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The Impacts of Academic Background on Submariner Performance, Retention, and Promotion

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Master's thesis

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This thesis analyzes the relationship between pre-commissioning academic background and submarine officer performance. Four measures of officer performance are used 1 probability of completing the nuclear training pipeline 2 probability of receiving an early promotion recommendation on greater than 75 percent of LT fitness reports 3 probability of remaining in the Navy for 10 years of commissioned service until the O4 board and 4 probability of promoting to LCDR. Navy Promotion History files, Officer Data Cards, Fitness Report files, and Loss files are used to statistically analyze the impacts of college grades and major, college quality, and commissioning source on submariner performance and retention. Non-linear maximum likelihood techniques are used to estimate the four performance models. The findings reveal that good grades and engineering majors have a significant positive impact on all four performance measures including retention. There are exceptions among OCS graduates. Grades have an insignificant effect on the probability of completing the training pipeline and of remaining in the Navy until the O4 board. Also, non-technical majors are more likely to remain in the Navy than engineering majors. USNA graduates fare best on all performance measures with the exception of completing the training pipeline. ROTC graduates generally fare better than OCS graduates. Among ROTC and OCS graduates, greater college selectivity leads to higher performance but lower retention rates for OCS graduates. There is no difference in retention rates for ROTC graduates with respect to college selectivity.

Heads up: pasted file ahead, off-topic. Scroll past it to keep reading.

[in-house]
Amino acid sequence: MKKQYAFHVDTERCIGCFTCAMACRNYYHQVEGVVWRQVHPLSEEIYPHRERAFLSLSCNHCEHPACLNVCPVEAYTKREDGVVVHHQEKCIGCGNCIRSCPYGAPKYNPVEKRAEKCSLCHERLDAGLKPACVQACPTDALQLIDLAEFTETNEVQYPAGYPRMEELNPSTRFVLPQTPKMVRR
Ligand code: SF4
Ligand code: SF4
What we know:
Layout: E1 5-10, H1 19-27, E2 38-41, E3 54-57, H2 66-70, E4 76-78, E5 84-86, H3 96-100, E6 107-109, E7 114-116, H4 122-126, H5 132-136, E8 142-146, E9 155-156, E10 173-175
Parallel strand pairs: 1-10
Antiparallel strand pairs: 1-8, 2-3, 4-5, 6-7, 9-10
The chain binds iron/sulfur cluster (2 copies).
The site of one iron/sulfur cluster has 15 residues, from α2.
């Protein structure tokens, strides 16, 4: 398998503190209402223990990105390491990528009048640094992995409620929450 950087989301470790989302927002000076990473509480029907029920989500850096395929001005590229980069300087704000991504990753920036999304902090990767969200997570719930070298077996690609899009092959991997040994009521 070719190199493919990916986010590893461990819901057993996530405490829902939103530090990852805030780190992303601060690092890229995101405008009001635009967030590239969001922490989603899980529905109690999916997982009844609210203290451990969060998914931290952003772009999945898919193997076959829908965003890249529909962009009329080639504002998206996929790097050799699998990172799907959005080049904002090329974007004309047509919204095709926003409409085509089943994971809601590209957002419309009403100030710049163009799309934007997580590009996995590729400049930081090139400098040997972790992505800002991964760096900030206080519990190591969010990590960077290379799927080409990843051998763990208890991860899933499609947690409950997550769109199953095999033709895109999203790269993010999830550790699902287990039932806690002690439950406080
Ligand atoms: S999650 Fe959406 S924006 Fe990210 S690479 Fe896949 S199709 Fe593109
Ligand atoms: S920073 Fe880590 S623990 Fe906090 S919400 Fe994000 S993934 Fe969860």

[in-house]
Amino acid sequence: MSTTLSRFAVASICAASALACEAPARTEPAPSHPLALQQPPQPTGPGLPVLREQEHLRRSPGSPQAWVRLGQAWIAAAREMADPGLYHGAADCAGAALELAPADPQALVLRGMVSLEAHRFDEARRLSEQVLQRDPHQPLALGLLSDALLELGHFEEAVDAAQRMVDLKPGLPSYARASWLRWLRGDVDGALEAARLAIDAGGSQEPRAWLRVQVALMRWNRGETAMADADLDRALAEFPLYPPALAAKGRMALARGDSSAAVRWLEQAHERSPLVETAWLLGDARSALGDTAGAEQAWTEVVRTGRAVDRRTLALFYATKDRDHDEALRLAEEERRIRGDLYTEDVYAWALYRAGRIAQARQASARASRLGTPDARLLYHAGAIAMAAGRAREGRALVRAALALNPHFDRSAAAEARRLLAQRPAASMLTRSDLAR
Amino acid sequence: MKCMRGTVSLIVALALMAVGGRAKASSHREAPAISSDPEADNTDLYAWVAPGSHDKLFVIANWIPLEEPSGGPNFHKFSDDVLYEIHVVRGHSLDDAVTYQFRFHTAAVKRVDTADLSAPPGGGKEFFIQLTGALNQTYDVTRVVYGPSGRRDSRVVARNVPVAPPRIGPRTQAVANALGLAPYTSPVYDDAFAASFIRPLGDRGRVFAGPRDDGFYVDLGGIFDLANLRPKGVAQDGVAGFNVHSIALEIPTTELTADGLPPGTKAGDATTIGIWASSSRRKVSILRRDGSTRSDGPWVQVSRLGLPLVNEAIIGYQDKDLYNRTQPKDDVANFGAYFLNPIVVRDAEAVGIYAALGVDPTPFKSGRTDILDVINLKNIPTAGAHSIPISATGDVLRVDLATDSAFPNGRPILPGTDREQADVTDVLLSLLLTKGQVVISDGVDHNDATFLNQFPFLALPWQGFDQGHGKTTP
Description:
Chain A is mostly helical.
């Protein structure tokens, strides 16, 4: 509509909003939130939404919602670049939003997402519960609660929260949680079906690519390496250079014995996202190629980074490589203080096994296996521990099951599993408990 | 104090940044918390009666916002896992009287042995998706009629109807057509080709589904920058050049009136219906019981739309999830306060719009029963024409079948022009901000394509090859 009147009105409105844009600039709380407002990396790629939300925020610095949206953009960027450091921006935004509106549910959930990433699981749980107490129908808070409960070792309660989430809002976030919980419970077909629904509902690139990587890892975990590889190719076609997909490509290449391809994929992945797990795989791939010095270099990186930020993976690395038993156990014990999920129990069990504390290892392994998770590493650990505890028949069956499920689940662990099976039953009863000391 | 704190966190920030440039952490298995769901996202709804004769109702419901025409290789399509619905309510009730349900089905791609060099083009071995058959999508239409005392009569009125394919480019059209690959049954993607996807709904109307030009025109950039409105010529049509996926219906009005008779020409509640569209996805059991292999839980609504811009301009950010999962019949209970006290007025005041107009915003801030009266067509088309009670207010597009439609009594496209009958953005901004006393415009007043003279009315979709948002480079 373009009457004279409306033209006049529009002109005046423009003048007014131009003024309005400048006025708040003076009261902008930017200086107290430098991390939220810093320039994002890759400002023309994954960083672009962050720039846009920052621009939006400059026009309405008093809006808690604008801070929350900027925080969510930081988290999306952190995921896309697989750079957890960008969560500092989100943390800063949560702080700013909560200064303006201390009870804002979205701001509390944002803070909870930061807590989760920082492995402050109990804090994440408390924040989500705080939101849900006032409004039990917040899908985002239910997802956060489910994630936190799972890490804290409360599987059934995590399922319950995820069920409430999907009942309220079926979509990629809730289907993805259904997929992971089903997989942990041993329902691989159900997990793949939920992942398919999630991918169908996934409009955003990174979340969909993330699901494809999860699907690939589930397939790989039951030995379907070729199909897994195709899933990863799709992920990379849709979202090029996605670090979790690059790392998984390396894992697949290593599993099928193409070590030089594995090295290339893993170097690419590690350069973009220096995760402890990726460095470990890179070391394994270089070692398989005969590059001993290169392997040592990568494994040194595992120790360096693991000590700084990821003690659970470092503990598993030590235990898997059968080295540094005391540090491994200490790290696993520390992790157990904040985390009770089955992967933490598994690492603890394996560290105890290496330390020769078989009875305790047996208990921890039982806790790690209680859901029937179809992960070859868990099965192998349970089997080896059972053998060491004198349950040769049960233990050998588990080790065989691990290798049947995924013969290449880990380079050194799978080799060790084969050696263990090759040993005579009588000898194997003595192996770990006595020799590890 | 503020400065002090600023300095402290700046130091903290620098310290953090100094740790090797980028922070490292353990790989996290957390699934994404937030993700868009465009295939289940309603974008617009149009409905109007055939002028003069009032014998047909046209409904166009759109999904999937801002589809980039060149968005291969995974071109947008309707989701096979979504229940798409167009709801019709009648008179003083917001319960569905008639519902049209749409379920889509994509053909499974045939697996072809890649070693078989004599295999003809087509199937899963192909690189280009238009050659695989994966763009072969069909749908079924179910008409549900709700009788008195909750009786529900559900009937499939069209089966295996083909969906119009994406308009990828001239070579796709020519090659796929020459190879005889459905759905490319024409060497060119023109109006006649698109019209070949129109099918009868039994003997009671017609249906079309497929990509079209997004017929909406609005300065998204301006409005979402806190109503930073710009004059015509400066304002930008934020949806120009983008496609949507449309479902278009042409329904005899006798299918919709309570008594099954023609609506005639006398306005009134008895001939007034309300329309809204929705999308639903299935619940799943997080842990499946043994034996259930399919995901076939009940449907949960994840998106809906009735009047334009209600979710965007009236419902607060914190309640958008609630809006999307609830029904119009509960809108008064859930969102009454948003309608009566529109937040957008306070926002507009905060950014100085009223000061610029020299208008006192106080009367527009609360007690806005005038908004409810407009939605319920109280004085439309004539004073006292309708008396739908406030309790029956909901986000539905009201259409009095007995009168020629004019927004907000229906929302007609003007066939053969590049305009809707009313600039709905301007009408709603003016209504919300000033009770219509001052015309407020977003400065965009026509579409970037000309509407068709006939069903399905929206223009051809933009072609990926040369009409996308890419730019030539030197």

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  • Psychology
  • Personnel Management and Labor Relations

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